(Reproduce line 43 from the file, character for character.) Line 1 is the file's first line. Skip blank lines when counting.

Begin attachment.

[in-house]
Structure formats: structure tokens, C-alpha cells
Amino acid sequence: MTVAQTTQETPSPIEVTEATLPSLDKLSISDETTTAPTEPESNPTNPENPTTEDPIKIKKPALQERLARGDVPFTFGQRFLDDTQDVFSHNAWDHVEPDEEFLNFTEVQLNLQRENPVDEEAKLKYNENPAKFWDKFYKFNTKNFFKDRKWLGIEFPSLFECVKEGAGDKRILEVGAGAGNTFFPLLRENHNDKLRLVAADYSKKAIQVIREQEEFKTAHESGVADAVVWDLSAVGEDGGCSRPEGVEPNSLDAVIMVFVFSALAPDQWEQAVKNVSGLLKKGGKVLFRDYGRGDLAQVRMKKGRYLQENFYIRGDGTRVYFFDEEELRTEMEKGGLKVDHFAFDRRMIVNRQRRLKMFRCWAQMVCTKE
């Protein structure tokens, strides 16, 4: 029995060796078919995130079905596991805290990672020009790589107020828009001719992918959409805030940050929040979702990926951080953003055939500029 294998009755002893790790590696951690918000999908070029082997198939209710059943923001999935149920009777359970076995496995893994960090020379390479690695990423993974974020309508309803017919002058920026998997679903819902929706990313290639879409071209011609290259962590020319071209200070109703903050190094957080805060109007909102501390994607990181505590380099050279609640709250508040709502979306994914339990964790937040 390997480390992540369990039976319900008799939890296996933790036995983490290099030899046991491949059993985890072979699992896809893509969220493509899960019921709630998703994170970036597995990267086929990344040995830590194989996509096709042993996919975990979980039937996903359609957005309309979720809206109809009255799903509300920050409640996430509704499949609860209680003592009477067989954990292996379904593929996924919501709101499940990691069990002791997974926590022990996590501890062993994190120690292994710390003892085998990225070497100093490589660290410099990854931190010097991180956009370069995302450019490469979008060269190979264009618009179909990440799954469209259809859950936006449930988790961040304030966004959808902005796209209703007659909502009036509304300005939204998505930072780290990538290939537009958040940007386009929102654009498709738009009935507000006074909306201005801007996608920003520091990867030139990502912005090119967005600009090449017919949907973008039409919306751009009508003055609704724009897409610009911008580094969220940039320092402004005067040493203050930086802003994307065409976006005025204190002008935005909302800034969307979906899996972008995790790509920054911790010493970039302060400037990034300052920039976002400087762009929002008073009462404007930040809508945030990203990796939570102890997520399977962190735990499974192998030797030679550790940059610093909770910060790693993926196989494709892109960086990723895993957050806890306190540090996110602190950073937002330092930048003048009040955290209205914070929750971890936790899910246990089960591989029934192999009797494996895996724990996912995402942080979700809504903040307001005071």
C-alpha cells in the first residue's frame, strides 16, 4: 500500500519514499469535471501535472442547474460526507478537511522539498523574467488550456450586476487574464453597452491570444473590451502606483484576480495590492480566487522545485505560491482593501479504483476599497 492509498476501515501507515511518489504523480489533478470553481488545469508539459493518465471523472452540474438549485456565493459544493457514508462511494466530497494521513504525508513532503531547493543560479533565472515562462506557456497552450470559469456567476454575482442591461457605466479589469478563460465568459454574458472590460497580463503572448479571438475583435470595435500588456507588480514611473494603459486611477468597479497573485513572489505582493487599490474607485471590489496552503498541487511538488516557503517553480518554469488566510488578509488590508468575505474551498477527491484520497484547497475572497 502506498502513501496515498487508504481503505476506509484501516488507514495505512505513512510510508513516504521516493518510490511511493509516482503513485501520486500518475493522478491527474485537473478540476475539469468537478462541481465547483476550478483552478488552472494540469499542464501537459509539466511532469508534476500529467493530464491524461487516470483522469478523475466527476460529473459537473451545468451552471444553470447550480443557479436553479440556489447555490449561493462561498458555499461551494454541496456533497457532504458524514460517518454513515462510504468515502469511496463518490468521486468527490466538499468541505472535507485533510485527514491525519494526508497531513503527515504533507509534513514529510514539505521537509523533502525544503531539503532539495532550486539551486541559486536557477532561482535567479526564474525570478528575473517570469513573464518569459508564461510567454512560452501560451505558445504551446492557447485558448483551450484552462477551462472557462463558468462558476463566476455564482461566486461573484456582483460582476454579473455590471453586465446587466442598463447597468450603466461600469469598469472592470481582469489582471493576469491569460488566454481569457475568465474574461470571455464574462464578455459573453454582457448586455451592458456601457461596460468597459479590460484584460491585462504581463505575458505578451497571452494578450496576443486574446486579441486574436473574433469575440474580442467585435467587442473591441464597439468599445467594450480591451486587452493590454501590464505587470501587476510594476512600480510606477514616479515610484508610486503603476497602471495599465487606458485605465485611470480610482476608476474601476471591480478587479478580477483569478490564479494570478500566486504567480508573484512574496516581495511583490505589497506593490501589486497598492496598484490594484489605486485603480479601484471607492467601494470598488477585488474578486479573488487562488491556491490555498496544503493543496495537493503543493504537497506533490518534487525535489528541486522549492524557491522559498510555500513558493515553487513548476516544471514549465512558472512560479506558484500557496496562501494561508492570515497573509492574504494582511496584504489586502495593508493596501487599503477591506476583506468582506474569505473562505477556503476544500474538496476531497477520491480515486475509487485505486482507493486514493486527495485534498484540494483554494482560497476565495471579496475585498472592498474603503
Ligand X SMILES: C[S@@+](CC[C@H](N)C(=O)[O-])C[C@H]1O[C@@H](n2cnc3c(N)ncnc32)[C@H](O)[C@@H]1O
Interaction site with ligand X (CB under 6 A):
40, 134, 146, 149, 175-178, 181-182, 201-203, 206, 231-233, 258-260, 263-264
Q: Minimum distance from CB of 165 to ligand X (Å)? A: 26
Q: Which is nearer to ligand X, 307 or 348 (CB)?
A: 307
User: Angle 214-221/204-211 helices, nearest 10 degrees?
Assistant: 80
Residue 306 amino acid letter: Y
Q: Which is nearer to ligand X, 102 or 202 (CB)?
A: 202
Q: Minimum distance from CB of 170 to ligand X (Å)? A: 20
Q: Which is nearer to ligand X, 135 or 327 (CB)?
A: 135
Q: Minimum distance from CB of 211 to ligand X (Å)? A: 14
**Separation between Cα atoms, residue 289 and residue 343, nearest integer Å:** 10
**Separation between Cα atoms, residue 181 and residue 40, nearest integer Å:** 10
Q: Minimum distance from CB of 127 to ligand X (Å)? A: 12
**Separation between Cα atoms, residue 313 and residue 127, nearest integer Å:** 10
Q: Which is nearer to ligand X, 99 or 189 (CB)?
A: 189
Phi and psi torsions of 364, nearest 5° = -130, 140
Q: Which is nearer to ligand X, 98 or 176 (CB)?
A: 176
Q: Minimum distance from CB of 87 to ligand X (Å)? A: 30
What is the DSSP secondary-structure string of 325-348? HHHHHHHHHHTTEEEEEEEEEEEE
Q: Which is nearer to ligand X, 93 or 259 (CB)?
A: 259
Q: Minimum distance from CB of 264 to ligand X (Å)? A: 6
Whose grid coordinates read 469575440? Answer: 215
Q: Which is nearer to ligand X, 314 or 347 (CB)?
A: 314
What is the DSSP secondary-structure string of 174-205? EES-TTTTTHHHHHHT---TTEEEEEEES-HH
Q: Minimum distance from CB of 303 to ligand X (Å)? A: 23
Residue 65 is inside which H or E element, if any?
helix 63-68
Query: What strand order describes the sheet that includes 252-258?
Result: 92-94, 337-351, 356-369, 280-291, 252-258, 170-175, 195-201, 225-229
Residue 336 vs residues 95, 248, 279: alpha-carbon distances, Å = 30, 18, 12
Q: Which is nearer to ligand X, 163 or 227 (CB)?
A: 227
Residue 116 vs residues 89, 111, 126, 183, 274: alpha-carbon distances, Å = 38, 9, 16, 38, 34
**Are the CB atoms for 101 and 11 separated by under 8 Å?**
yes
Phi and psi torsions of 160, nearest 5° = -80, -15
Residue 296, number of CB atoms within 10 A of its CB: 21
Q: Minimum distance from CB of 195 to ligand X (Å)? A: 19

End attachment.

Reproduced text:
Result: 92-94, 337-351, 356-369, 280-291, 252-258, 170-175, 195-201, 225-229